It seems likely, though, that China’s recent decision to equip some of its ICBMs with MIRVs, and Pakistan’s announcement in January 2017 that it had test-launched a new Ababeel medium-range ballistic missile with MIRVs, will strengthen the hand of those in the Indian military-industrial complex who favor development of a MIRV capability, if for no other reason than to avoid falling behind in MIRV technology.
Although Ministry of Defence officials have recently indicated that India’s strategic missile force will be “capped for the present with the Agni-V, with no successor or next series on the horizon or even on the drawing board”, India apparently has also begun development of a true ICBM, known as Agni-VI. Official data is scarce, but an article posted on the government’s Press Information Bureau website in December 2016 claimed the Agni-VI “will have a strike-range of 8,000–10,000 kilometers” and will “be capable of being launched from submarines as well as from land” (Ghosh 2016). Whether these claims are accurate remains to be seen; a range improvement of roughly 50 percent to nearly 100 percent of that of the Agni-V seems exaggerated. The US Air Force, National Air and Space Intelligence Center estimates the range is closer to 6,000 kilometers (3,730 miles).
India has also converted some of its ballistic missile technology into an anti-satellite interceptor. In March 2019, the Defence Research and Development Organisation completed its first successful anti-satellite test (“Mission Shakti”) against one of its own satellites.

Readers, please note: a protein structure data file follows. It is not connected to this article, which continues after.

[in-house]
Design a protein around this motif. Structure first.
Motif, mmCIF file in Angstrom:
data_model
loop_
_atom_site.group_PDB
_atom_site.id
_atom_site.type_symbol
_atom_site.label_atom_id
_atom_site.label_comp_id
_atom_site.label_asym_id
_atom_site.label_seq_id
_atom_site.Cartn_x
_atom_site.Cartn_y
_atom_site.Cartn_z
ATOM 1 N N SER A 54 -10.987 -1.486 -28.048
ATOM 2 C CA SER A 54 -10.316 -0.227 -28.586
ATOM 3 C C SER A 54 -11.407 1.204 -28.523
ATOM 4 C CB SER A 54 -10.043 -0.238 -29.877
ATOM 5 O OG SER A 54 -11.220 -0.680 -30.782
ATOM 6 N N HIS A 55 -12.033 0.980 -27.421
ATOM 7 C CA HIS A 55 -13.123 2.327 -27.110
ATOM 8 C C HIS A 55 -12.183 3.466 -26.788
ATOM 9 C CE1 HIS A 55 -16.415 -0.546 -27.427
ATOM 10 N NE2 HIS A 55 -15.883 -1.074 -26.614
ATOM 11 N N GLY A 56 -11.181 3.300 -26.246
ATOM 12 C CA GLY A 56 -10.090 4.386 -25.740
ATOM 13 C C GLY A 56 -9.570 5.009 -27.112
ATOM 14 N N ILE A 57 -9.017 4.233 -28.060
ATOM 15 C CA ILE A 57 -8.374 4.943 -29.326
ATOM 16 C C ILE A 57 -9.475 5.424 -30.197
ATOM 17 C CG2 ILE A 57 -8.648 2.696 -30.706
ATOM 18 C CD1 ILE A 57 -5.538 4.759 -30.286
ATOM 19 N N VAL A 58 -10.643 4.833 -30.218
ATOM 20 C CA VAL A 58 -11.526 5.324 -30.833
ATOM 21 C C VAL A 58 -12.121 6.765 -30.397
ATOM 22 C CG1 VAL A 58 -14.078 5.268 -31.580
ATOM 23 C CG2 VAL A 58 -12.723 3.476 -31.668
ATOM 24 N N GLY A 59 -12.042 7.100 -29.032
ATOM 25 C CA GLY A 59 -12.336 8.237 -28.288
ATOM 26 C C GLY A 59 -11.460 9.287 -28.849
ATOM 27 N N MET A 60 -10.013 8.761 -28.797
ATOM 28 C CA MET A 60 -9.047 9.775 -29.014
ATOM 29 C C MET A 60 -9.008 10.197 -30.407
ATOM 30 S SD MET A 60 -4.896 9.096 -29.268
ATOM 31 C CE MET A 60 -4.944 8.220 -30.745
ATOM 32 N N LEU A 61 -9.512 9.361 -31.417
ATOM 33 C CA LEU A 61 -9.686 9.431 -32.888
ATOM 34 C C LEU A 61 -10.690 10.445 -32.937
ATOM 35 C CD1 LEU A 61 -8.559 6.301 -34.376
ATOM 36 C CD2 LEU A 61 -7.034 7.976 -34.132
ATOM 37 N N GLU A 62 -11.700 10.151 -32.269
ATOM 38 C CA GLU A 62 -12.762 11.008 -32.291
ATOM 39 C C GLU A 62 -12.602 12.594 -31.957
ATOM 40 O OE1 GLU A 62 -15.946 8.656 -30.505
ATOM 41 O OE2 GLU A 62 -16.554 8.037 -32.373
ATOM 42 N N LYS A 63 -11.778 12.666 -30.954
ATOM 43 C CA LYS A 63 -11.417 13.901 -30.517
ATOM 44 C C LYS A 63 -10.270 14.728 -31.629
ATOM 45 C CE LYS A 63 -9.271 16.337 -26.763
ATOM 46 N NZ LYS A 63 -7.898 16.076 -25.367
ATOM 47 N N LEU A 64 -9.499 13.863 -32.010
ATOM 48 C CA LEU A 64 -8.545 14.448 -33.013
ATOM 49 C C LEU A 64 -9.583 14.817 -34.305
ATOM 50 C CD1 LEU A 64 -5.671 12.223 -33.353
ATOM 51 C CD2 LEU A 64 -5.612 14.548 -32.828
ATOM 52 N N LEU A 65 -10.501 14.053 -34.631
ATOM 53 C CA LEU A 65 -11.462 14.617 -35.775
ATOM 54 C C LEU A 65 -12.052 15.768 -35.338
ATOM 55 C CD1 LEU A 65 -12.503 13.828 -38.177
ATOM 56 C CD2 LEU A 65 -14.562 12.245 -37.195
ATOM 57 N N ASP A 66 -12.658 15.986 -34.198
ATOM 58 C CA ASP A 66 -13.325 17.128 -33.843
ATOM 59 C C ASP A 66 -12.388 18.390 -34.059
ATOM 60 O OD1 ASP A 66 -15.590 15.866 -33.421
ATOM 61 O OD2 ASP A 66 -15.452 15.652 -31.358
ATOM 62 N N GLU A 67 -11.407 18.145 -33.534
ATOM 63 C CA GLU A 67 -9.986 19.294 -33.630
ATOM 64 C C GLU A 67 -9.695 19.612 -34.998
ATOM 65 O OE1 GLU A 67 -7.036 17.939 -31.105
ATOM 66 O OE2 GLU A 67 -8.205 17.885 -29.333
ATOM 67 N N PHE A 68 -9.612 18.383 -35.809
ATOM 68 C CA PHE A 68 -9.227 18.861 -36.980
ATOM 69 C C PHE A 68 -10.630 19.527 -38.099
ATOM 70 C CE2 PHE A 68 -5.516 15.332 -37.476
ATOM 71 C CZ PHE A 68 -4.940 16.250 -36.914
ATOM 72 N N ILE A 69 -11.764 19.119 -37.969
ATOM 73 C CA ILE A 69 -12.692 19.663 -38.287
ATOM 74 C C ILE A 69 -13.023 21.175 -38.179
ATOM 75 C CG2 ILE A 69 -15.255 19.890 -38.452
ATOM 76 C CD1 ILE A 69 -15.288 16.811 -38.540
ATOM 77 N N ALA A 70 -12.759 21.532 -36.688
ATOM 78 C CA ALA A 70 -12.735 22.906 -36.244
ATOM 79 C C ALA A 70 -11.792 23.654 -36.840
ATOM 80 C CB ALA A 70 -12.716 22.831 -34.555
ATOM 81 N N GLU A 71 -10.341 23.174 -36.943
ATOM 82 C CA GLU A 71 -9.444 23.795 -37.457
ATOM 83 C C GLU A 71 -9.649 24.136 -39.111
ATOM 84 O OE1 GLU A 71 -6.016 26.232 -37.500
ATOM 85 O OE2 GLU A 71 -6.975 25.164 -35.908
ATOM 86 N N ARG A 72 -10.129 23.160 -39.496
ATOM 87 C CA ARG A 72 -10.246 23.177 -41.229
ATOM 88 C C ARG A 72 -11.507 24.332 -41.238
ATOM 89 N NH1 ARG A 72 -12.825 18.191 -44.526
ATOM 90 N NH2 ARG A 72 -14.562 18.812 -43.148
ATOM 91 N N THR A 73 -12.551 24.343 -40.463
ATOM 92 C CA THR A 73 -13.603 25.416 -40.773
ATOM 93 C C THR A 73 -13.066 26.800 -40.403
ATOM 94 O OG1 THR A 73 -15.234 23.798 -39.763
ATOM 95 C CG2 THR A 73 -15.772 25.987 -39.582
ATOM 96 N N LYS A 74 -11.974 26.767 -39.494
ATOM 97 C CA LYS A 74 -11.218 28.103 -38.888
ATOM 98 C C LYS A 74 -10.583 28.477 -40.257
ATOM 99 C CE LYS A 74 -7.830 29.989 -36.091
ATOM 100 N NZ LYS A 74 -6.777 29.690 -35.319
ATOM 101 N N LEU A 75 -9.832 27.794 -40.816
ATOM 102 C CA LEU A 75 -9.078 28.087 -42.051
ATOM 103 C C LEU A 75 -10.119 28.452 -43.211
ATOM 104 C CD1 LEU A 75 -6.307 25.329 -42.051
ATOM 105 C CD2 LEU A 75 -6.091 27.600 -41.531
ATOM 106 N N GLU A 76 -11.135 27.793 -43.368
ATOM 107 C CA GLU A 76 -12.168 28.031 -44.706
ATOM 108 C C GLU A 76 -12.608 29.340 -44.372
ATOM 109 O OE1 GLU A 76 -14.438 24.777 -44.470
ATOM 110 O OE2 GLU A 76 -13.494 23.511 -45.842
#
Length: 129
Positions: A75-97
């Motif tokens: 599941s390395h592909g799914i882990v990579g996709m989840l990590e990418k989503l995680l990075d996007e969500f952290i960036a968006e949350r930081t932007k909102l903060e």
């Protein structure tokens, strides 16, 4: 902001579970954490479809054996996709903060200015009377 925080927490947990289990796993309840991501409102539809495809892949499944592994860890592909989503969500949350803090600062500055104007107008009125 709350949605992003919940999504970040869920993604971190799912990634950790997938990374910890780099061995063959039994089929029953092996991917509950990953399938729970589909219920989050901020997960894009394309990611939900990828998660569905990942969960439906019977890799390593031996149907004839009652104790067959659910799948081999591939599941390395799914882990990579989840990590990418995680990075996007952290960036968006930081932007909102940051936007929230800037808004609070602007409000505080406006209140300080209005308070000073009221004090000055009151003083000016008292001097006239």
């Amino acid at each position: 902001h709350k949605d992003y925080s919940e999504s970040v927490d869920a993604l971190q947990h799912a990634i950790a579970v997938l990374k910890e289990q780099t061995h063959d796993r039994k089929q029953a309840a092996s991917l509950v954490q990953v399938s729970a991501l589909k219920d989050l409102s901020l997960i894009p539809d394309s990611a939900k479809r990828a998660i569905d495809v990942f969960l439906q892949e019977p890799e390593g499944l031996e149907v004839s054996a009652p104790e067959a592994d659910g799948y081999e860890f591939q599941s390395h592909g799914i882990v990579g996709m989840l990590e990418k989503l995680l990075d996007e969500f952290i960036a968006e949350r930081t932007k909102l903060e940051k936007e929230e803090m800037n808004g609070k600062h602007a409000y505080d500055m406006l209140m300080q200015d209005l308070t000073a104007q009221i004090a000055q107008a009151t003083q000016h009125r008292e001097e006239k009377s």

Sea-based ballistic missiles: India operates a ship-launched and a submarine-launched, nuclear-capable ballistic missile and is developing a second submarine-launched ballistic missile for eventual deployment on a small fleet of nuclear-powered ballistic missile submarines. India also appears to be developing its next generation of SSBNs––the S-5 class. To arm the SSBNs, India has developed one nuclear-capable sea-launched ballistic missile, and is working on another: the current K-15 (also known as Sagarika or B-05) submarine-launched ballistic missile (SLBM) with a range of 700 kilometers, and the future K-4 SLBM with a range of about 3,500 kilometers.
Cruise missiles: India is developing a ground-launched cruise missile, the Nirbhay. The missile looks similar to the American Tomahawk or the Pakistani Babur and might also be intended for air- and sea-based deployment. The Indian Ministry of Defence describes the Nirbhay as “India’s first indigenously designed and developed long-range subsonic cruise missile having 1,000 kilometer range and capable of carrying up to 300-kilogram warheads”.
Although there are many rumors that the Nirbhay is dual-capable, neither the Indian government nor the US intelligence community has publicly stated such. A test of the Nirbhay cruise missile fitted with an indigenous propulsion system was scheduled for April 2020; however, it appears to have been postponed, likely due to the spread of COVID-19. The Defence Research and Development Organisation confirmed in early 2020 that additional variants of the Nirbhay cruise missile–including submarine-launched and air-launched versions—are in the early stages of planning and development.